Former Rhos Playhouse
Former Rhos Playhouse, Penrhyn Avenue
Now the Co-op store, this building was designed and built as a cinema, known as the Rhos Playhouse. It opened on 11 April 1914. The first owner and manager was Sydney Frere (1875-1948). His son Frank was killed in the Far East during the Second World War.
On Sunday evenings the building was used by George E Mellor to make silent movies. He formed a group called Rhos Amateur Film Productions, with its own group of actors. He was the director and cameraman. The group made the films inside the Rhos Playhouse on Sunday evenings. His wife Laura was his main female lead. His first film, The White Slaver, was a thriller, made in 1932. The second, called Nightmare, aimed to portray “the workings of an unhinged mind” and represented Great Britain in an international amateur-film competition, where it won second prize.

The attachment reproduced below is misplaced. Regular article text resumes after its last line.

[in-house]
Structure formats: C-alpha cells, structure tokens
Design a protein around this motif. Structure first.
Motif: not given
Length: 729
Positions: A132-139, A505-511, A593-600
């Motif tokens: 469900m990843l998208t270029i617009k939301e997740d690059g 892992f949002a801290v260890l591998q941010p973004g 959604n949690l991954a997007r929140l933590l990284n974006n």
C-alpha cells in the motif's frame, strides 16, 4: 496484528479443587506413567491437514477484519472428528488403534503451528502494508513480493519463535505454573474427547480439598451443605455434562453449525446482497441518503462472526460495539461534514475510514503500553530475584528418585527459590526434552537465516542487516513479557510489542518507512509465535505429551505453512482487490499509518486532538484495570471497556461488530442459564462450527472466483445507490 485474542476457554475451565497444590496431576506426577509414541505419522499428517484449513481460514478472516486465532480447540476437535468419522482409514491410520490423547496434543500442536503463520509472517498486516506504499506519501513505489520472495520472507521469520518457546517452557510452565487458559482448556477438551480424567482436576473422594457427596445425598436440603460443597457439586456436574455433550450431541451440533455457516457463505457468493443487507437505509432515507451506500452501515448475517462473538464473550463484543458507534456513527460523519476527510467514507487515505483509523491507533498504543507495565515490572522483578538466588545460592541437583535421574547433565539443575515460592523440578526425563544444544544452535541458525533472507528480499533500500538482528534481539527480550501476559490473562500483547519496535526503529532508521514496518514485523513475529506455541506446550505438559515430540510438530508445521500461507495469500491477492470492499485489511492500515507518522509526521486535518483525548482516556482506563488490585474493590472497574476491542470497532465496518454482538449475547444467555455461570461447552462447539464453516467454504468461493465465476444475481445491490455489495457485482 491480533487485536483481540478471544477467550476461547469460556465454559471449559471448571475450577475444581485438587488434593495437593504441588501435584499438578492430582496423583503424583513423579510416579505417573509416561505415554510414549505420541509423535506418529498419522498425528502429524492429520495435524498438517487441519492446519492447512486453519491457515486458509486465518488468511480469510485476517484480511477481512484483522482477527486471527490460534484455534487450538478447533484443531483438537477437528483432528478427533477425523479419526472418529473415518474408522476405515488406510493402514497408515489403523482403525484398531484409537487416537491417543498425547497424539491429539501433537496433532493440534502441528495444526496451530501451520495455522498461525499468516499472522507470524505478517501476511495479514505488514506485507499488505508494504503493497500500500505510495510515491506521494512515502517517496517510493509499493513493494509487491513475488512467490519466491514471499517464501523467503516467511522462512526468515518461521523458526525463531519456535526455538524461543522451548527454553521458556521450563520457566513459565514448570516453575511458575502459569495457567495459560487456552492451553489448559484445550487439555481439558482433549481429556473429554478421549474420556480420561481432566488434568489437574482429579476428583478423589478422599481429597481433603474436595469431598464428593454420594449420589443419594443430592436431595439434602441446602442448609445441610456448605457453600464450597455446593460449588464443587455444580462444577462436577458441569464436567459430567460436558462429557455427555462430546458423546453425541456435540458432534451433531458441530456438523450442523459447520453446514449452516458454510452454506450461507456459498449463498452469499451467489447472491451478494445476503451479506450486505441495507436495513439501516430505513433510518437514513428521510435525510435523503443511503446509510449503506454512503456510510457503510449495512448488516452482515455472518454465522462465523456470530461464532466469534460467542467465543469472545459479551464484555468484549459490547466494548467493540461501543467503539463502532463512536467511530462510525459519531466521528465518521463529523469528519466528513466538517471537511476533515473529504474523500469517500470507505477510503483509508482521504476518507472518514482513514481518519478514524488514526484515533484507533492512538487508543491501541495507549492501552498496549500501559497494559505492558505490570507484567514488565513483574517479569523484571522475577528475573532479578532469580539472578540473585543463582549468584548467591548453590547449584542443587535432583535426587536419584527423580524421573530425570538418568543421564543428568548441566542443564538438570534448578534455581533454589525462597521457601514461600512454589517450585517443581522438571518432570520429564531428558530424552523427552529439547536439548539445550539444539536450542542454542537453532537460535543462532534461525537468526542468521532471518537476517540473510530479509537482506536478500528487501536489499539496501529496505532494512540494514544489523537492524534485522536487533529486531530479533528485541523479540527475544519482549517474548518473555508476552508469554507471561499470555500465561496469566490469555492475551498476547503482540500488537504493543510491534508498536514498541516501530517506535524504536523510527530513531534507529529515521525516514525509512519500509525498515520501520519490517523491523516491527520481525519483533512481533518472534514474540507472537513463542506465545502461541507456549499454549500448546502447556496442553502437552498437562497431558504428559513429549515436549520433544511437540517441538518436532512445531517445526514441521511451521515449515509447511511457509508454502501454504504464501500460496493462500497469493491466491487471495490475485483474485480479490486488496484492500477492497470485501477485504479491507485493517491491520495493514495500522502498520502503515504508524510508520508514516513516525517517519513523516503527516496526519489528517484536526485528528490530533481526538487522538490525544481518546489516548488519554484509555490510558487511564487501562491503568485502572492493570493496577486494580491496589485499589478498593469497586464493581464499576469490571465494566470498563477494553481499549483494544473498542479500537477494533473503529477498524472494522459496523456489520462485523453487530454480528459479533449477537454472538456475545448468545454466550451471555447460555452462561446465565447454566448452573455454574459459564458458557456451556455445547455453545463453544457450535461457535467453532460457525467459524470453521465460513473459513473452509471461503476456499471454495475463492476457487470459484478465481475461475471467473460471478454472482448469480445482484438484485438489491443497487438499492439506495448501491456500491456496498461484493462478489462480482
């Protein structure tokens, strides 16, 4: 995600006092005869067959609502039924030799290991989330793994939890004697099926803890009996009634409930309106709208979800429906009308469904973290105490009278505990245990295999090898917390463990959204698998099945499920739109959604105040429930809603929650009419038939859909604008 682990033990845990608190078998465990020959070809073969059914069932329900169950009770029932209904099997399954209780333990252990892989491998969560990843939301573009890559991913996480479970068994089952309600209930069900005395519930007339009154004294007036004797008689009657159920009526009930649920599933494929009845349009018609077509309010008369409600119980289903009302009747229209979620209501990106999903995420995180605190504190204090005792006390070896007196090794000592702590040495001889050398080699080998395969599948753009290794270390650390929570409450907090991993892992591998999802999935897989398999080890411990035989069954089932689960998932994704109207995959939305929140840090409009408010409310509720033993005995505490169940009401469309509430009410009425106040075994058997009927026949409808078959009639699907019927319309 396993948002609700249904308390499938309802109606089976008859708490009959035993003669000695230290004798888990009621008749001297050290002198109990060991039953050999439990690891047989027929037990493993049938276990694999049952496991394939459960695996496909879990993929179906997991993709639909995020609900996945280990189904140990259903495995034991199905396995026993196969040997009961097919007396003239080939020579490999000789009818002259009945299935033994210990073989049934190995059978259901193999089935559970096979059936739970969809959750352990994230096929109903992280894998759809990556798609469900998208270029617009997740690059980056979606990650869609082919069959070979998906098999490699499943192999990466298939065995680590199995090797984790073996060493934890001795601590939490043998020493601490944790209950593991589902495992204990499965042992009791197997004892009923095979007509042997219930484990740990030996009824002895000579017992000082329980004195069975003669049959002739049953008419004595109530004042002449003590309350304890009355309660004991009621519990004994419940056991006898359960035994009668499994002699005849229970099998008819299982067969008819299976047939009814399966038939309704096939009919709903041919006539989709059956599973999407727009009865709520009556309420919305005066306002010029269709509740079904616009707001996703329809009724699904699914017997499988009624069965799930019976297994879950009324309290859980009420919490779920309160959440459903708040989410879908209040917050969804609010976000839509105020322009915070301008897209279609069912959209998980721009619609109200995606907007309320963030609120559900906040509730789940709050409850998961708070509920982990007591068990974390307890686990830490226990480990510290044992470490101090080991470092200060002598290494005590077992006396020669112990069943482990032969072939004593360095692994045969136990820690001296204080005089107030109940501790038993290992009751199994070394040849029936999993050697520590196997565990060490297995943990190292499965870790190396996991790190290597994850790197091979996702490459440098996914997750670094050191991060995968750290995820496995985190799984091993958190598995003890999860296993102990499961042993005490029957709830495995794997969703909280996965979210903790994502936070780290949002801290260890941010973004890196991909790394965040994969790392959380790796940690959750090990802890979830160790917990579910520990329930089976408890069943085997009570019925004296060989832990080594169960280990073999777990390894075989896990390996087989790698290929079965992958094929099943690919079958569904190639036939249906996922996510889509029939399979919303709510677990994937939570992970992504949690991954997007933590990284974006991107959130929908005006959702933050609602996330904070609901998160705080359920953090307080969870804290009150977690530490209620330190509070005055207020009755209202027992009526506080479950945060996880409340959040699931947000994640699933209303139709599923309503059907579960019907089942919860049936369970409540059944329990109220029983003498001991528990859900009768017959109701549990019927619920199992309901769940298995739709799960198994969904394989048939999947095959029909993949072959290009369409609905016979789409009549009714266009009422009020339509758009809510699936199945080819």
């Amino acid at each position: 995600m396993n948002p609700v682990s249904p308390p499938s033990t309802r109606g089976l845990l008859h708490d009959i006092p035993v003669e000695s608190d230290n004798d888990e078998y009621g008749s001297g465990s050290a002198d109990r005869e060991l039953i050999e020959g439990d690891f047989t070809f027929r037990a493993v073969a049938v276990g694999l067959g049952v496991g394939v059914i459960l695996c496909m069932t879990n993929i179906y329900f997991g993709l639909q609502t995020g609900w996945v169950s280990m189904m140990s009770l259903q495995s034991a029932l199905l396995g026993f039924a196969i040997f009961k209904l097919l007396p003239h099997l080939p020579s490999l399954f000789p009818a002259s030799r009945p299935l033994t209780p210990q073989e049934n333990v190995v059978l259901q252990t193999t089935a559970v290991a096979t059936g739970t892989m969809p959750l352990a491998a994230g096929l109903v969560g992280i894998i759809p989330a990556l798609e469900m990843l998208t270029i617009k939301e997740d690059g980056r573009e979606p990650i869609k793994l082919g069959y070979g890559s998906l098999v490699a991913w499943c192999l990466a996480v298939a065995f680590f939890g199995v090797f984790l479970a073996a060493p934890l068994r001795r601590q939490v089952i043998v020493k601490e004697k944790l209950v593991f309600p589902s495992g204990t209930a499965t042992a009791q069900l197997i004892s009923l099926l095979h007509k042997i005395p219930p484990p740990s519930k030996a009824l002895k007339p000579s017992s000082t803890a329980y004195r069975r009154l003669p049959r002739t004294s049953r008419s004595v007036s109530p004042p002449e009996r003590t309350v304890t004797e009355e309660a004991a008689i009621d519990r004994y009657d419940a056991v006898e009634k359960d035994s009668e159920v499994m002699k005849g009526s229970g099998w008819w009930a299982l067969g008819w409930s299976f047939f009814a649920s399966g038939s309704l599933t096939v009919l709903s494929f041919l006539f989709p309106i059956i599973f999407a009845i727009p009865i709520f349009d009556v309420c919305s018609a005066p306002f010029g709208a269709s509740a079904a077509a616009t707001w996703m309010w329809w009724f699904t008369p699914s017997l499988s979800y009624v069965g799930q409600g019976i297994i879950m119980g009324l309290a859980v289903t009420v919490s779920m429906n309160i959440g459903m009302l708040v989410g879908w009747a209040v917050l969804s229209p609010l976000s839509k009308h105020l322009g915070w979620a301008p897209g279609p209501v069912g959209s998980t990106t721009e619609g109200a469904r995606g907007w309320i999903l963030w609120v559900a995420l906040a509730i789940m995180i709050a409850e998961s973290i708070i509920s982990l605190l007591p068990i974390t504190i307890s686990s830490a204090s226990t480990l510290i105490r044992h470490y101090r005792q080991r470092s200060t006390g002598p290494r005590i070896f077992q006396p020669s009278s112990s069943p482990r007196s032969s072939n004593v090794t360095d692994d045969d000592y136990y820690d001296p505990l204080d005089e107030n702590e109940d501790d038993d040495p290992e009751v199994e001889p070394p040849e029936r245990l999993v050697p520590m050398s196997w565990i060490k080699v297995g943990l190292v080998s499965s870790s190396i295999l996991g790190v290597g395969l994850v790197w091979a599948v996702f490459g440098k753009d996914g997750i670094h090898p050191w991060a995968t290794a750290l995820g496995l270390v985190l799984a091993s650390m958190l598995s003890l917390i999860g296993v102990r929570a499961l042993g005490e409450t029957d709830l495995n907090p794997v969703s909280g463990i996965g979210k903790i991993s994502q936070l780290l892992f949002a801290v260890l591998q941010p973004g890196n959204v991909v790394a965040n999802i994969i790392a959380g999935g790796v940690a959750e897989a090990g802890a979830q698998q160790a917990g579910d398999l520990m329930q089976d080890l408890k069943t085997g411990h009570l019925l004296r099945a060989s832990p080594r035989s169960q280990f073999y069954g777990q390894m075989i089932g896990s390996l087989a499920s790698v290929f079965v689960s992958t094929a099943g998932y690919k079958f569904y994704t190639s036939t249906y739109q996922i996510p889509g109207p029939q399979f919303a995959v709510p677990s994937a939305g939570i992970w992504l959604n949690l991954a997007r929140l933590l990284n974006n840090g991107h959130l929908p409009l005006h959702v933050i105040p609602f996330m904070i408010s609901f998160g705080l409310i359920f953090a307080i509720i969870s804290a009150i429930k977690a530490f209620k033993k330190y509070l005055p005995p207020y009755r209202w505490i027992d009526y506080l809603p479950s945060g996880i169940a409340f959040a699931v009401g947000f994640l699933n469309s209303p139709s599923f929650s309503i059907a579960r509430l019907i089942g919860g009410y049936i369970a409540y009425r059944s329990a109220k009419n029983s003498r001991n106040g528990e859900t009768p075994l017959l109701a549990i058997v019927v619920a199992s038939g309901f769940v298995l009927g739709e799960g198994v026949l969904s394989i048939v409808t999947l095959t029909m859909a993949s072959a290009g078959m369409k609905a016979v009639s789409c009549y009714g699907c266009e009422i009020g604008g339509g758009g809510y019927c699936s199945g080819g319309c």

George Mellor was also a founder of Colwyn Bay Cricket Club and established a model railway company called GEM, from buildings on Rhos Road. GEM models are still produced by a company in Somerset.
The building, which is essentially a long plain stone barn with a very ornate marble front elevation, was designed by Sydney Colwyn Foulkes, the architect who went on to design some of the most distinguished buildings in Colwyn Bay. In the early 1980s, the building was leased to the Co-op and it became a food store. There are now no cinemas in Old Colwyn, Colwyn Bay or Rhos-on-Sea.
With thanks to Graham Roberts of Colwyn Bay Civic Society
Postcode: LL28 4RN